Med thumb shutterstock 431426893

In case you haven't heard, napping is all the rage. Yet, despite the spread of pro-napping sentiment, research offers a somewhat fuzzy picture of the relationship between logging mini-sleep sessions and being healthy. Population studies show that big nappers tend to be sicker and sadder than people who seldom (or even never) nap. But, in a number of experimental studies, nappers have run faster, recalled facts more accurately and solved puzzles more easily than those who only slept at night. 

In a recent study, a team at the University of California Riverside sought to reconcile these discrepancies and develop a better understanding of the health implications of the nap-happy lifestyle. To do this, researchers focused on a question that's been overlooked in the universe of nap research: Why do people do it? They came up with a list of 29 different reasons one might nap, and asked 430 college students to answer the question, "When you nap, even if only very rarely, why do you choose to nap?"

In addition to explaining why they napped, participants described their napping habits (how often, how long) and completed questionnaires on socio-demographic characteristics, sleeping habits, daytime alertness, chronotype, personality traits, stress levels, mental wellbeing and overall health. 

Though participants weren't aware, researchers had assigned each of the 29 reasons to one of five categories: 

  • Dysregulative nappers take naps to re-normalize their sleep schedule when something (a night shift, a sinus infection) throws it off.
  • Restorative nappers take naps because they feel drained and need rest to get through the day. They may be sleep-deprived or just inexplicably exhausted. Regardless, they nap because they're too sleepy not to.
  • Emotional nappers nap in response to depression or stress, or because they want to avoid a social or professional situation, or because they feel bored. 
  • Appetitive nappers are the committed snoozers who incorporate regular naps into their schedules because napping makes them feel great. The appetitive napper had the reaction to their first catnap that you're supposed to have to your first SoulCycle class: I'm a lifer.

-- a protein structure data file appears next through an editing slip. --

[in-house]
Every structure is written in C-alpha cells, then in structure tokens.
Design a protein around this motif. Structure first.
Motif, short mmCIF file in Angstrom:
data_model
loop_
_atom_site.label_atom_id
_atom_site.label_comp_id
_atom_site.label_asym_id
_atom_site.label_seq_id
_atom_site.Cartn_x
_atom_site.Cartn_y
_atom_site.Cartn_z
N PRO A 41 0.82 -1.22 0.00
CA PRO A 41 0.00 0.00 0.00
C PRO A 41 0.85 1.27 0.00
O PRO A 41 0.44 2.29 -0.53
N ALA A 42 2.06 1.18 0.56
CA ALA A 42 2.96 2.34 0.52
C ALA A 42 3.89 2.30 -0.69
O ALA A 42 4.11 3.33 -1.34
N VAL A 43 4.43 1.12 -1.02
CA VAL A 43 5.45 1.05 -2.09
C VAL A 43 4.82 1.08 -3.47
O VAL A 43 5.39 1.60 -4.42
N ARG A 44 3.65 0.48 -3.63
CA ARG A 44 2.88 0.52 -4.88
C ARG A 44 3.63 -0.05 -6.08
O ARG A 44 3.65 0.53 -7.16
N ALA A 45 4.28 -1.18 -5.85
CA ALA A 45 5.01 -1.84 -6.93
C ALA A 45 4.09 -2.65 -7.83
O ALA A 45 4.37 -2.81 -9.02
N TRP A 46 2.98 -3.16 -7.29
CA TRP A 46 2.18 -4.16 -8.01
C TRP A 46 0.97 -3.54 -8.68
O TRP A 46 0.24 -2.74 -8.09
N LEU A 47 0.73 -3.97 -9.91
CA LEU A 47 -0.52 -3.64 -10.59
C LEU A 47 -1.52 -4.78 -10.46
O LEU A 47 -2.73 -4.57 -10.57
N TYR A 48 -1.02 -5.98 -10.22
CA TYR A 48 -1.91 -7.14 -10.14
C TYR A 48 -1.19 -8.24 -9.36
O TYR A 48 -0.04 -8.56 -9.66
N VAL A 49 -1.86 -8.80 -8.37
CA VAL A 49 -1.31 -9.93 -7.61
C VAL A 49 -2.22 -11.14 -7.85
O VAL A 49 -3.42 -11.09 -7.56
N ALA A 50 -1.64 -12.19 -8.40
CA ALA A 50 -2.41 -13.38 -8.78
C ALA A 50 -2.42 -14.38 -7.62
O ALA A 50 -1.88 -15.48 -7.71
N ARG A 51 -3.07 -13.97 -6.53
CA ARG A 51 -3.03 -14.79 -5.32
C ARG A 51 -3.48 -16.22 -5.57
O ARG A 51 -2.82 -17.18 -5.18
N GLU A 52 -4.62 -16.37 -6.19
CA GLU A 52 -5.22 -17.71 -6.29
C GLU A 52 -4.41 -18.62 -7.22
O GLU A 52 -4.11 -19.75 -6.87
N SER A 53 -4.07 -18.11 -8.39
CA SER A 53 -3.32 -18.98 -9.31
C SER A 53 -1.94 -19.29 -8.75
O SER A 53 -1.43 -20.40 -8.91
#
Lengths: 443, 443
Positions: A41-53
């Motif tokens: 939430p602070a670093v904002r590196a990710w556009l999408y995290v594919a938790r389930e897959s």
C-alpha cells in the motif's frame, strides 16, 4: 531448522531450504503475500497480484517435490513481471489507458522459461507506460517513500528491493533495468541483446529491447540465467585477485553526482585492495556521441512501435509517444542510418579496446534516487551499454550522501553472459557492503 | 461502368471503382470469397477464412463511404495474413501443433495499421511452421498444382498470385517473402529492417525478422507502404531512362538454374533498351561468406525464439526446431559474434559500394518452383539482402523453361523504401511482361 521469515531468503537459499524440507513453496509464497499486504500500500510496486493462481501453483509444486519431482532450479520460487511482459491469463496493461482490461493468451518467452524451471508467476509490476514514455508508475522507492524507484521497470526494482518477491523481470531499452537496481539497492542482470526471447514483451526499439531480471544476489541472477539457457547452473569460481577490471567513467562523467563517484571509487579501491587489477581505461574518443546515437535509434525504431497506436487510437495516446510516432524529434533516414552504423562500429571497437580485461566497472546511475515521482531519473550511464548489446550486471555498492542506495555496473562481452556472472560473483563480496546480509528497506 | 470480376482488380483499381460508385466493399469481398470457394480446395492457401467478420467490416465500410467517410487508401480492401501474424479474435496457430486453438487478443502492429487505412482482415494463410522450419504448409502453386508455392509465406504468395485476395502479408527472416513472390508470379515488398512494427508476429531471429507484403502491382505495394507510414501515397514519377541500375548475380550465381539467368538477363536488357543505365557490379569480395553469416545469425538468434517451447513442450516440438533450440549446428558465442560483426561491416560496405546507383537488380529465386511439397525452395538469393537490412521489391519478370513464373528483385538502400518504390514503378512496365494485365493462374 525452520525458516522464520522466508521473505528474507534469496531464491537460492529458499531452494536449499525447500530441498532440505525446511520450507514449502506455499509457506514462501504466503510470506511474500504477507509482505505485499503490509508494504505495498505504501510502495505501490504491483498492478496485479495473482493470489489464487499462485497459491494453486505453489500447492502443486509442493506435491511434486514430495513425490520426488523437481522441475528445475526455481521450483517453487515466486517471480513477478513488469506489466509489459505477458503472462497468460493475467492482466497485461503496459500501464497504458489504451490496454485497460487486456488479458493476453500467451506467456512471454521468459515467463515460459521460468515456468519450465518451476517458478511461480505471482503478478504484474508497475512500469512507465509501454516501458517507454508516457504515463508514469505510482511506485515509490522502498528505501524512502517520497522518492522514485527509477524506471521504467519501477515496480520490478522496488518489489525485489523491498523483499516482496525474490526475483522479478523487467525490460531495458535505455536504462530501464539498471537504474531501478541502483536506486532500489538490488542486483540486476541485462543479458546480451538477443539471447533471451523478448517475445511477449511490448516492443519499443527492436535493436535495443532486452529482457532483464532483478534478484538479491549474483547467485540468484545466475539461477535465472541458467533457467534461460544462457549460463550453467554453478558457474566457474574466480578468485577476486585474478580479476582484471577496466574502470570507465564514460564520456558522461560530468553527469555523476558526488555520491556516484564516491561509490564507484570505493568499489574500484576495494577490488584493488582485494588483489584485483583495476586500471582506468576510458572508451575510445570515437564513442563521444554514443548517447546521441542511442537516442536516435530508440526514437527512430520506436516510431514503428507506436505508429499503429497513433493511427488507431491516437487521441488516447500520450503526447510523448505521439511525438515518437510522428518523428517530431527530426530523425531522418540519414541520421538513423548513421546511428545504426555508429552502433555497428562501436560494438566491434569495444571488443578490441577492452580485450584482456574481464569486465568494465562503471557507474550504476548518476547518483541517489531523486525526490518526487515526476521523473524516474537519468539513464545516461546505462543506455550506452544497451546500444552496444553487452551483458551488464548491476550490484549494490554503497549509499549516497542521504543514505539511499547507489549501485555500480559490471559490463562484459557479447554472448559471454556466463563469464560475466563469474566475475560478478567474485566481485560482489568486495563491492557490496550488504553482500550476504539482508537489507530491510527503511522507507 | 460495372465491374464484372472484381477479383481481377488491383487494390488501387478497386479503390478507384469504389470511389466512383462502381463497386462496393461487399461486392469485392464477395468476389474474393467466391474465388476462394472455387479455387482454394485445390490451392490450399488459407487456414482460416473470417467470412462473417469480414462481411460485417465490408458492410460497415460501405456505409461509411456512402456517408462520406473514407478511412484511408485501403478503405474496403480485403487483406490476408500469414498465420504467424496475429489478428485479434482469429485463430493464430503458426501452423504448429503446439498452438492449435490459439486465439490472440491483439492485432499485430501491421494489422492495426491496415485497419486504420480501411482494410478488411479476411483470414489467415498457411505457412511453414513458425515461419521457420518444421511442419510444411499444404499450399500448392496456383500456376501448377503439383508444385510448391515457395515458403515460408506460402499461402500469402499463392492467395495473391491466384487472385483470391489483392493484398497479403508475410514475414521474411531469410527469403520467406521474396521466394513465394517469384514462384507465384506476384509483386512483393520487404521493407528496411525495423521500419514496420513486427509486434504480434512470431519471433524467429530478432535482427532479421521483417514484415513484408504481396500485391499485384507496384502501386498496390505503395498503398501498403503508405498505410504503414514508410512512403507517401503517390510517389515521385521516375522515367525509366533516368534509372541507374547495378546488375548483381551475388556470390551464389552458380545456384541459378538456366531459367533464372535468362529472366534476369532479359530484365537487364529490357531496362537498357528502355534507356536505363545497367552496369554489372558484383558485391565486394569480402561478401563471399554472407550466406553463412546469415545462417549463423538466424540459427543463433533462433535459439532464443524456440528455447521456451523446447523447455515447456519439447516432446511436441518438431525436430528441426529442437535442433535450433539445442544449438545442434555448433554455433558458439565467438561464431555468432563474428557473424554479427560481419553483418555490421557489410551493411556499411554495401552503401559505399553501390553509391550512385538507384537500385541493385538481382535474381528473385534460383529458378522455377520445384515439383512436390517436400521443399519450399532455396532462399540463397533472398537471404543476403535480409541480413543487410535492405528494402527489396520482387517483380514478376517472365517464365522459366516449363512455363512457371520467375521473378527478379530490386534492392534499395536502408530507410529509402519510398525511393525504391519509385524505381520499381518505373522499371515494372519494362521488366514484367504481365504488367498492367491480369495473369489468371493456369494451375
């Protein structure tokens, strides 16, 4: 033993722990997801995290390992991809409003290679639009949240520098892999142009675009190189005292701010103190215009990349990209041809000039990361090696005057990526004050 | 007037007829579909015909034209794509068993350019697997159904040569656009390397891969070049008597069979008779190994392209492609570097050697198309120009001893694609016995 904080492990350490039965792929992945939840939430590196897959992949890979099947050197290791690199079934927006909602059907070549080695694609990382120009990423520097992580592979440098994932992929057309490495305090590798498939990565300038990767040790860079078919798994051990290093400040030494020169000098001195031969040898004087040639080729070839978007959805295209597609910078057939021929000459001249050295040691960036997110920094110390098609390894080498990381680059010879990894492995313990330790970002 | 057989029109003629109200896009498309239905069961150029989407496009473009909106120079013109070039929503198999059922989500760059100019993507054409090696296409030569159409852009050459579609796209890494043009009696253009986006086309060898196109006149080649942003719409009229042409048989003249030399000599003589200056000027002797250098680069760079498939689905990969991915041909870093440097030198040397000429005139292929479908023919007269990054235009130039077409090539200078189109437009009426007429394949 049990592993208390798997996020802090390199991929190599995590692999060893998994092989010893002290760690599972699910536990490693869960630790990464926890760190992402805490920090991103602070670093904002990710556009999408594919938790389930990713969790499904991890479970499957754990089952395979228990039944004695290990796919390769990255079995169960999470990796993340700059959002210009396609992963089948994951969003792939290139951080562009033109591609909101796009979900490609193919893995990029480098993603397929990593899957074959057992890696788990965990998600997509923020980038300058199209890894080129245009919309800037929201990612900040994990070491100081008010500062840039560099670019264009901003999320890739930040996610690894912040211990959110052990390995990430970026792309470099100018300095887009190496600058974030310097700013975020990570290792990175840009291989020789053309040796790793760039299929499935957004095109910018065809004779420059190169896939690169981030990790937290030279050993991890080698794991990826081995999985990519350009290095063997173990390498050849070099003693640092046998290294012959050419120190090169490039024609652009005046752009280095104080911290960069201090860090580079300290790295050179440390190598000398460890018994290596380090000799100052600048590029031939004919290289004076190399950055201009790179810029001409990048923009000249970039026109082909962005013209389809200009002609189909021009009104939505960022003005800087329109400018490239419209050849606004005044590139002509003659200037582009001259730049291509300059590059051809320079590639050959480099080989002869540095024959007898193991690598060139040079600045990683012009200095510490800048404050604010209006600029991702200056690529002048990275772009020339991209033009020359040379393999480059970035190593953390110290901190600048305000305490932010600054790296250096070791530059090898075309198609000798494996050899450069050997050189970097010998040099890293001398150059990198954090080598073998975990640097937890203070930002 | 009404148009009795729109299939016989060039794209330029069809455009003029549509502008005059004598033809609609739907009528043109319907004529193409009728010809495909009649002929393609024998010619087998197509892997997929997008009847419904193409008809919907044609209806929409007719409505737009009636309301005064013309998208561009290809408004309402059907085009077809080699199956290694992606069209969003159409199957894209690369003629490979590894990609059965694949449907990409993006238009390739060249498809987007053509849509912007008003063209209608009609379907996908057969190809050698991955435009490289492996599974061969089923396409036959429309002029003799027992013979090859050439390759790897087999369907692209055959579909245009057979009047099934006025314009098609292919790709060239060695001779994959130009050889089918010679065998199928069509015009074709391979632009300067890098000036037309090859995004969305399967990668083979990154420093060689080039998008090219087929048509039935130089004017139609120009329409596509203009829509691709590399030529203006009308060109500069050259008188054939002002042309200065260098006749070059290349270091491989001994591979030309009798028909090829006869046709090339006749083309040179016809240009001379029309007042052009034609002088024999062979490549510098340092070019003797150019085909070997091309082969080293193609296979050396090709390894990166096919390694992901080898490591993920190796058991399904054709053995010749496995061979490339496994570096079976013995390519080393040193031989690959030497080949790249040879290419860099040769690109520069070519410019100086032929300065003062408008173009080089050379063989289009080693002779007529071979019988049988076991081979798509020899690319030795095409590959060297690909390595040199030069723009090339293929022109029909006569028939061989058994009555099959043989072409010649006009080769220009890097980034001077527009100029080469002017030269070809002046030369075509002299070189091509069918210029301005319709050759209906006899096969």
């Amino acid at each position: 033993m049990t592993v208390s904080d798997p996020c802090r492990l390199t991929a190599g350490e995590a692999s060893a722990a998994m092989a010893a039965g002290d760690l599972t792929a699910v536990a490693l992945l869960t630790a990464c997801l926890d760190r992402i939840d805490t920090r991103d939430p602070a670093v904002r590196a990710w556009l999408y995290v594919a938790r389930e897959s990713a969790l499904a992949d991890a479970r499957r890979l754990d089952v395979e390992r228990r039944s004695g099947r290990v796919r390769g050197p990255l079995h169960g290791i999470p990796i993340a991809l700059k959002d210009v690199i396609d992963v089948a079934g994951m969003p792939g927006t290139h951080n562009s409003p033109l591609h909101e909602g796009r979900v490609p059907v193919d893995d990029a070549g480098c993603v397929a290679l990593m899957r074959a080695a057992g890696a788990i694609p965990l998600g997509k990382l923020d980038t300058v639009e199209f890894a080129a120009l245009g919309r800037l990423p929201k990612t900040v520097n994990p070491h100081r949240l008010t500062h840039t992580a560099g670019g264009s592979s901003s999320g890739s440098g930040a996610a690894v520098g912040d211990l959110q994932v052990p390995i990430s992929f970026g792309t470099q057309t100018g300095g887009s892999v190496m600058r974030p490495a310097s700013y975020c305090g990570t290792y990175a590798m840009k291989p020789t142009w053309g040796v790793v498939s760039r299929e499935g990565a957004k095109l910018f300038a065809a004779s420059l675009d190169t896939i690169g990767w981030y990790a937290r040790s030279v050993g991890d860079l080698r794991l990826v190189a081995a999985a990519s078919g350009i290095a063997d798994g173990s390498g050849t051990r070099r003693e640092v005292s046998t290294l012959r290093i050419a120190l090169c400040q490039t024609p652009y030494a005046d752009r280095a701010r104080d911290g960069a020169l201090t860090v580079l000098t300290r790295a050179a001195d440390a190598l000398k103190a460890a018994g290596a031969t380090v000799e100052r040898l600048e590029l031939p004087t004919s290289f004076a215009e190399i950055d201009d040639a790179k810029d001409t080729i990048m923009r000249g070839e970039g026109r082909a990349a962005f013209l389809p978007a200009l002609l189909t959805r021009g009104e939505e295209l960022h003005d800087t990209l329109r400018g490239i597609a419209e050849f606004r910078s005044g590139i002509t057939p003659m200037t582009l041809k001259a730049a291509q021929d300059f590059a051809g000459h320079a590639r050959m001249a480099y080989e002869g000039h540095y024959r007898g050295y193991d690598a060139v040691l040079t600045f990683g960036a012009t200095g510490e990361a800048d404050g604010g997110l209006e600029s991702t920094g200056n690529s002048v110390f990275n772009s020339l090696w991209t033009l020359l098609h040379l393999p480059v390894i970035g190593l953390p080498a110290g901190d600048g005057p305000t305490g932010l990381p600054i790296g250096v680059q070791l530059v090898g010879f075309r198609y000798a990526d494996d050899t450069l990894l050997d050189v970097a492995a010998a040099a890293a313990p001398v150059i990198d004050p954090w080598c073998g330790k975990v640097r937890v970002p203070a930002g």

• Mindful nappers nap because they've heard napping is the key to focus, energy, bliss or something else good. While appetitive nappers learn from personal experience that napping is the tits, mindful nappers are motivated by an outside source. They follow the leads of CEOs who credit their success to siestas.

Researchers tried to classify participants as being primarily one type of napper, despite the fact that most nappers listed multiple reasons for snoozing. After all was said and done and analyzed to the nth degree, researchers pinpointed distinct health profiles associated with each category.

Participants chose restorative reasons for napping most often. Restorative nappers tended to be night owls with inconsistent shuteye habits, who were nonetheless in good health and felt alert during the day. Researchers felt that participants took restorative naps to compensate for temporary sleep loss rather than because of chronic sleeplessness or overall health issues. Women were far more likely than men to fall into this category

When people say they feel depressed, or use naps to escape the waking world, their napping habits merit a closer look.

Women were also more likely to be emotional nappers, whose siesta tendencies were associated with sleeping and health problems, including depression and stress.

"Emotional napping," study authors wrote, "was the only factor significantly correlated with poor sleep, psychological functioning and physical health," regardless of how the data was analyzed. The verdict? Napping frequently isn't necessarily unhealthy, but emotional nappers are catching Zzzs for the wrong reasons. When people say they feel depressed, or use naps to escape the waking world, their napping habits merit a closer look. 

Appetitive nappers came out on top: Despite napping regularly, they still reported the highest-quality nighttime sleep and the least trouble with post-nap groggines (aka sleep inertia). They were also somewhat more likely to be Asian than caucasian.

The least popular category was dysregulative, which researchers expected to be the case. Though dysregulative reasons weren't popular, they also weren't associated with negative health outcomes. Such nappers may have wonky sleep schedules because of outside disturbances, but they'd probably otherwise have a good rapport with the world of sleep and dreams. College campuses, however, are not a hotbed for dysregulative nappers. 

Mindful nappers scored high on conscientiousness, meaning that they're strivers. But researchers didn't draw many connections between mindful napping and health. Rather, their napping habits are less a reflection of how they feel, or how they're sleeping (which is probably pretty well), than of their goal-oriented nature and interest in optimizing their lives.

Going forward, study authors mentioned, it would be useful to look at the motivation underlying decisions to nap in older, less healthy populations, who may nap for different reasons. Still, the study "sheds light on the psychosocial correlates of sleep that are often obscured by not separating napping behaviors into theoretically meaningful subtypes."

In any case, prepare for appetitive sleepers to share "what type of napper are you" quiz results any day now. We get it, you feel great and sleep well.